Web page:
I was up early this morning as I couldn’t sleep properly, and for some reason I was thinking about my Achilles Heel and whether it was justice. I say you are a product of your parents in many ways, I know I am for sure – very much like My Mum.
Although she is no longer here, everyone who knew her and speaks to me about their memories always call her a Lady – a gentle one. I know I’m bias, but she really was someone I looked up to and continue to do so.
At her funeral, hundreds filled the church. It reminded me how much she meant to people, always going out of her way to help others.
My weakness or vulnerable point appears to be justice and my pursuit of it, whether it be for myself or others. Without sounding religious, I genuinely believe in it even if there might not be such a thing – well, that’s what lawyers have told me.
I’m not naïve to think that many others would have quit the pursuit of this thing called ‘justice’, in similar circumstances.
After becoming ill with depression having experienced racism and homophobia at work, I couldn’t quit…
- When I was bullied at work to stop my complaints of discrimination
- When my pay was stopped by my employer
- When my private data was leaked to The Sun newspaper by my employer
- When I was threatened not to pursue my employment hearing
- When my relationship suffered
- When I had only £1 in my bank account
I am not made of steel clearly, but My Mum keeps me going – yes, even though she is not here in person.
I judge my standards in life and how I treat others, by whether given all the circumstances would she be proud of me? By this I mean, I know she wouldn’t be if I told her I was out committing crimes everyday – what parent would?
That said, I went the total opposite end from committing crimes.
When I joined the police not long after university, I really felt I could make a difference to other people’s lives. I joined the police service on the same day I resigned as a volunteer with St John Ambulance (the national first-aid organisation), after 13-years service with it from the age of 10.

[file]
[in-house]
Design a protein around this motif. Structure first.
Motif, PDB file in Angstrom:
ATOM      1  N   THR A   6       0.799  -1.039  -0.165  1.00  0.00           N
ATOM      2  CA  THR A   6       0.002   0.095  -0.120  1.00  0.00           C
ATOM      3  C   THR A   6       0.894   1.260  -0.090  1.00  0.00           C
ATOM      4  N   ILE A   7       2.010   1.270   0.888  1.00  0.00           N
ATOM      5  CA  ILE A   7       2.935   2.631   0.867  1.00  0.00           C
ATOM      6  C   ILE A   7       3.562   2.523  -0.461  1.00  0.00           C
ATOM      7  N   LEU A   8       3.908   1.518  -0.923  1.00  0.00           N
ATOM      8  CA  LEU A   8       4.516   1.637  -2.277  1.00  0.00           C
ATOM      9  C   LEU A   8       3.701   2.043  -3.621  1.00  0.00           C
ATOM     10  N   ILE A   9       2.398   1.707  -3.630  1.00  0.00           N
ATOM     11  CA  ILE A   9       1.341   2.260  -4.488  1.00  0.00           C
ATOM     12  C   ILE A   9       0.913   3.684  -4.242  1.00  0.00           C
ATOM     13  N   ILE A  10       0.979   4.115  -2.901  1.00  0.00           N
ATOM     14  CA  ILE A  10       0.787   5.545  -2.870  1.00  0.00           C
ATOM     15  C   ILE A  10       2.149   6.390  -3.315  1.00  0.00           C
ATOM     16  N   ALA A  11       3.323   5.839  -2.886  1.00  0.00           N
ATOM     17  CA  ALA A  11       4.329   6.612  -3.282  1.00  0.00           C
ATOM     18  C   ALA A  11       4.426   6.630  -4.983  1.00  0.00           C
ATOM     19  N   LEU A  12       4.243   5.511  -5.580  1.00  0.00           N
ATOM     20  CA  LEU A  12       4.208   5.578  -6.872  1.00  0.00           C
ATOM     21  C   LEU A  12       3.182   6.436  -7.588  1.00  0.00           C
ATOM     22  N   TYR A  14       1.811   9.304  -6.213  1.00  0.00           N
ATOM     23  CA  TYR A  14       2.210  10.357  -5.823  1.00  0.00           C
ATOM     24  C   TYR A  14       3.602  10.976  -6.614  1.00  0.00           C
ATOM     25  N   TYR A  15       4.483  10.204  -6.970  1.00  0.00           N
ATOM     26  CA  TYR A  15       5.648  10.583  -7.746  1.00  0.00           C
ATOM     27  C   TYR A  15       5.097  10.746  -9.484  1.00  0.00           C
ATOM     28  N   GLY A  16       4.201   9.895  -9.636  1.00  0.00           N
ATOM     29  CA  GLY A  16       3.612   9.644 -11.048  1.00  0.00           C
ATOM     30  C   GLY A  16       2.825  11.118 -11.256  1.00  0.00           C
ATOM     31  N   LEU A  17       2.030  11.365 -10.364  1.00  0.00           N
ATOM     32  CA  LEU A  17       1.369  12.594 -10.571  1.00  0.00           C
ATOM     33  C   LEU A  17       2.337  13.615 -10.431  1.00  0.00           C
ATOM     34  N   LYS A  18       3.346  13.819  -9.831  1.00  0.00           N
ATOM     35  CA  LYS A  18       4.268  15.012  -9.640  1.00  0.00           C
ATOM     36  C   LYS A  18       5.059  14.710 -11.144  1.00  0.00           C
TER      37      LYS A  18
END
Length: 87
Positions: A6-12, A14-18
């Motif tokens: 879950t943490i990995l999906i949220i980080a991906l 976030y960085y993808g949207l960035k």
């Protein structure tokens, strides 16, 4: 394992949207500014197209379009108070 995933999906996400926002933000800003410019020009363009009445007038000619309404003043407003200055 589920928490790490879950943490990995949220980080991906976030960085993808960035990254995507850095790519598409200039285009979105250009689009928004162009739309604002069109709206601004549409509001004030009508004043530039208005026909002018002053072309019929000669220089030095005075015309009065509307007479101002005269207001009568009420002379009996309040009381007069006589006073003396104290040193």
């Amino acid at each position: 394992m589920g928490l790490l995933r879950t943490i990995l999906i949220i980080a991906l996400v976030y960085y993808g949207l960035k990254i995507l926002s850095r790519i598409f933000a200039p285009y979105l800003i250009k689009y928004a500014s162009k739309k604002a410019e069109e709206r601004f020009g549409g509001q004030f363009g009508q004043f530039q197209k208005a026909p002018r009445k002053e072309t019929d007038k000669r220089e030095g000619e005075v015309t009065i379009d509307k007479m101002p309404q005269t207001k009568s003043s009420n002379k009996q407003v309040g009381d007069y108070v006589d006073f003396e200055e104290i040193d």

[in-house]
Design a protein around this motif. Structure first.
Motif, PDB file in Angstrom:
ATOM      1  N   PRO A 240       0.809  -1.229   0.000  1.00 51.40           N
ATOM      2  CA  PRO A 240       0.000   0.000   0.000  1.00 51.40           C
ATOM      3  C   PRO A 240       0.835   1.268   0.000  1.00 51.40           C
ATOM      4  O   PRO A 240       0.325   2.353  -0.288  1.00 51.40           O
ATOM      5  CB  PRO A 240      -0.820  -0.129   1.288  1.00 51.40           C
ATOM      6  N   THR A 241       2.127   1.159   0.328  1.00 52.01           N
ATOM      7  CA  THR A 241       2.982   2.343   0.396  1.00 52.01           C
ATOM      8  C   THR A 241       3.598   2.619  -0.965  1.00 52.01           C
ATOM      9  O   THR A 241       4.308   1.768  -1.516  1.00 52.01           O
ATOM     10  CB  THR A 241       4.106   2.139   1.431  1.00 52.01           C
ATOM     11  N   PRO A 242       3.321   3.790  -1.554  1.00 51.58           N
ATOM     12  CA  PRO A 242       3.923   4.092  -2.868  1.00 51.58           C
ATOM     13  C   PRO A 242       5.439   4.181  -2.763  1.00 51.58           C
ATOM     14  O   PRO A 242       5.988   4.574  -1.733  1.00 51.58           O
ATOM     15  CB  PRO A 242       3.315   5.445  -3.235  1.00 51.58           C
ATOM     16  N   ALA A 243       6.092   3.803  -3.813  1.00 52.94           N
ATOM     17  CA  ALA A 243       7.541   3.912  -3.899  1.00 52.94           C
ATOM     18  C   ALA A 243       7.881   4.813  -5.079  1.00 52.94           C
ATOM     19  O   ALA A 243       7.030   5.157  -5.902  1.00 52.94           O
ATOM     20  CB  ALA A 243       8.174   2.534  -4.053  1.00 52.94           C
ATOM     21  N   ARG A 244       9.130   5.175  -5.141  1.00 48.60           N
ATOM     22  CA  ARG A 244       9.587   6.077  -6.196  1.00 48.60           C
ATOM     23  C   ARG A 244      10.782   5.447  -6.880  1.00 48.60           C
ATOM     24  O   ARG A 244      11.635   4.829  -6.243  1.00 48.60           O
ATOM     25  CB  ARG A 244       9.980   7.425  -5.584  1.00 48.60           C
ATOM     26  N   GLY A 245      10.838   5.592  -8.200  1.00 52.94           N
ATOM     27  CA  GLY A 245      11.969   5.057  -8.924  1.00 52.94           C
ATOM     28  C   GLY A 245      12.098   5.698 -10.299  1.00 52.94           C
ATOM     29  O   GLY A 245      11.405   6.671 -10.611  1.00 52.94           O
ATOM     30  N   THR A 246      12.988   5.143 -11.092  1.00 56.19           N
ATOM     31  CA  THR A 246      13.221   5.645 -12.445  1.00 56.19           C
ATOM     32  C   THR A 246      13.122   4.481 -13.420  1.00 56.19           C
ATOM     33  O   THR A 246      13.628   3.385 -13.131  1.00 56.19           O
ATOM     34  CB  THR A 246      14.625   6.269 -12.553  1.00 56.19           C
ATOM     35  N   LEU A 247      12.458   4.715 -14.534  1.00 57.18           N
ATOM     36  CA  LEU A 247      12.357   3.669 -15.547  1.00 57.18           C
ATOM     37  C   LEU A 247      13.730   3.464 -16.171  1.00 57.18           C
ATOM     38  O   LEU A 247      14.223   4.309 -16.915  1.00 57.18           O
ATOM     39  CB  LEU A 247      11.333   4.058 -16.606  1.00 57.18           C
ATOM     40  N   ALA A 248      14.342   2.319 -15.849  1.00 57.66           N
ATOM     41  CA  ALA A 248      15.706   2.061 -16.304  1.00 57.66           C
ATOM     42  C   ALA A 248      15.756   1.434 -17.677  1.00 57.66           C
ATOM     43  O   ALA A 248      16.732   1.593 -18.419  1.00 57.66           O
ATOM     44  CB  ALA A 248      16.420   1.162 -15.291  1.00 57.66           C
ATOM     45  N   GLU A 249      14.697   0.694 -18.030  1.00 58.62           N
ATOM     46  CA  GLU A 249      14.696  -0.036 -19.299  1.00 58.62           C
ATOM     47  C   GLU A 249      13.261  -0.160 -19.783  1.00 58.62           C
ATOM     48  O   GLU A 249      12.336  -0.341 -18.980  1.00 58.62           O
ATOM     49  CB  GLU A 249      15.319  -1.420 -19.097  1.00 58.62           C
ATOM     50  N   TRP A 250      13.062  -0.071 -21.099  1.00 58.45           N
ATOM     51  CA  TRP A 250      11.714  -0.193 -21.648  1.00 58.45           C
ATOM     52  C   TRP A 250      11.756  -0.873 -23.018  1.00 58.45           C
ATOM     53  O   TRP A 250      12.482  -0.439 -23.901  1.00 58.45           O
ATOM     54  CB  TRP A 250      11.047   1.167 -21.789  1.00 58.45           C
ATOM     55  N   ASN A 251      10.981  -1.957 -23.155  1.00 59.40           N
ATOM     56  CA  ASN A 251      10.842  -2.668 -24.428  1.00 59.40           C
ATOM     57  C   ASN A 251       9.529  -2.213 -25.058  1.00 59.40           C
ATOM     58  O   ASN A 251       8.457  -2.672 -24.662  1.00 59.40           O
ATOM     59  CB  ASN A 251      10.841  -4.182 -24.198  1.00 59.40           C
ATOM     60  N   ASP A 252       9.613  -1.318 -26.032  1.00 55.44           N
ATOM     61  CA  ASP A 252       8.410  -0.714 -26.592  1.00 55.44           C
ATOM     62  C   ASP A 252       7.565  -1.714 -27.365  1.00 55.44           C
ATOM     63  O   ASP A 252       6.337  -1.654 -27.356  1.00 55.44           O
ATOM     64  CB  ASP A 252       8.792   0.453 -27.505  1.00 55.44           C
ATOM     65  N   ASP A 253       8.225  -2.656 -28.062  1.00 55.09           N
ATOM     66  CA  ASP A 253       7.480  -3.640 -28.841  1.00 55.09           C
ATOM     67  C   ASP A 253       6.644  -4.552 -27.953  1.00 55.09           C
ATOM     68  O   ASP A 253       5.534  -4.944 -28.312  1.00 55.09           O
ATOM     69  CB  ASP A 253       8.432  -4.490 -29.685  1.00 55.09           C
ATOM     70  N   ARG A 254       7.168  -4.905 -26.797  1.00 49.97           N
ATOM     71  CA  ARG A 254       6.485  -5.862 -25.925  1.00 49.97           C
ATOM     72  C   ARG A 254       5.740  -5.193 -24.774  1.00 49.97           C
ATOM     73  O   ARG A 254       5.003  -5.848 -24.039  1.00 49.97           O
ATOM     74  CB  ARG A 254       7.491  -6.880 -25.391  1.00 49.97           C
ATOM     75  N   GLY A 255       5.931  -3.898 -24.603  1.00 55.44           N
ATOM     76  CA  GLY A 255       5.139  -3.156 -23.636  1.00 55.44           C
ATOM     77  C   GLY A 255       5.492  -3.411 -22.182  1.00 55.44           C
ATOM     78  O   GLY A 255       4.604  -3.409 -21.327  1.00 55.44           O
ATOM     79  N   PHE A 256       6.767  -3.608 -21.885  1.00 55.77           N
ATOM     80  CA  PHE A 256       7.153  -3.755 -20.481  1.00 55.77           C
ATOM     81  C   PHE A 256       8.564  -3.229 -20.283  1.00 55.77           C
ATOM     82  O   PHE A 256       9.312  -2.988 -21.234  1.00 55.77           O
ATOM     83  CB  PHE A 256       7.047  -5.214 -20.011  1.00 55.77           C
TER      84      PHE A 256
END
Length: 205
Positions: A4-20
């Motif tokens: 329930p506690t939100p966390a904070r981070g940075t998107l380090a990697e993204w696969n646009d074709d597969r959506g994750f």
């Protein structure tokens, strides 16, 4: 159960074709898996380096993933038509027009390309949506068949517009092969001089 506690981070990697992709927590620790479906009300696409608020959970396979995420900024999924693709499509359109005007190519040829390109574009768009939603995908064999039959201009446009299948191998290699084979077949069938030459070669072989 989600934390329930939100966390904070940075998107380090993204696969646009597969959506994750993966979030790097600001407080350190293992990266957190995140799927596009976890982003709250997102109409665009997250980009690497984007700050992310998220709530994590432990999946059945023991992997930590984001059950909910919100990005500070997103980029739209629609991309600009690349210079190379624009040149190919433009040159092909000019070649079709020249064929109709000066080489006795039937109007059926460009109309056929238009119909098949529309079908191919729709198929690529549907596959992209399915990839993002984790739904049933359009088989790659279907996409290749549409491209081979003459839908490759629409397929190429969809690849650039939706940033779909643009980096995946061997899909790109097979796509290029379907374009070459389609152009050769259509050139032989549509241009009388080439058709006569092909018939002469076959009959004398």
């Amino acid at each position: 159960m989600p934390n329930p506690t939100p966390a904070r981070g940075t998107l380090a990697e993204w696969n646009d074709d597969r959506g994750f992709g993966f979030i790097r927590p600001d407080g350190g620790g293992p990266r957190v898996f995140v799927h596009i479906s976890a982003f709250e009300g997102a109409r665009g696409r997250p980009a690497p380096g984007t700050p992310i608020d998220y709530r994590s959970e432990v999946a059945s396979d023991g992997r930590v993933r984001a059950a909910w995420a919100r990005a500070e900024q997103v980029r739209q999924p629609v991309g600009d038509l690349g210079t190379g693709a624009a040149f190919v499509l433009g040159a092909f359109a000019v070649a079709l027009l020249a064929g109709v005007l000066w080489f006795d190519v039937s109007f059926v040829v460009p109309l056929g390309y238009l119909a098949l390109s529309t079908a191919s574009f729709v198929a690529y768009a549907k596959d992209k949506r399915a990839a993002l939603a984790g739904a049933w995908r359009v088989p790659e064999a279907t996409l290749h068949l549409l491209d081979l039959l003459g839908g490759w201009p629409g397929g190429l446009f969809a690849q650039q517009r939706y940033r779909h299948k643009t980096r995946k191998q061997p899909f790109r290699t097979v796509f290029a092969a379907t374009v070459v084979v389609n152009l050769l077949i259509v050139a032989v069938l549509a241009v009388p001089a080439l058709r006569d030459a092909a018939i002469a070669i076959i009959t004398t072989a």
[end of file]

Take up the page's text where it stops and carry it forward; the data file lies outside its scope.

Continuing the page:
I was passionate as a Rape and Serious Sexual Offences Trained Officer and Detective, helping to get justice for those victims (male and female) whom had been subjected to this horrid offence along with other serious crimes like woundings.
Unintentionally, justice has been around me in one way or another all my life. However, knowing the difference between right and wrong has cost me. And, I don’t mean monetary.
When I joined the Metropolitan Police on transfer as a Detective from the Greater Manchester Police, I had never taken a single day’s sickness, been subject to any performance related issues and no disciplinary procedures had been initiated against me.
Don’t get me wrong, I didn’t walk to and from work on water – but, I never joined the police for a difficult life. What would be the point?
I was following a childhood dream, for a good life.
Since being diagnosed with depression after experiencing racism and homophobia, this serious mental health condition naturally finished my clean run of no sickness.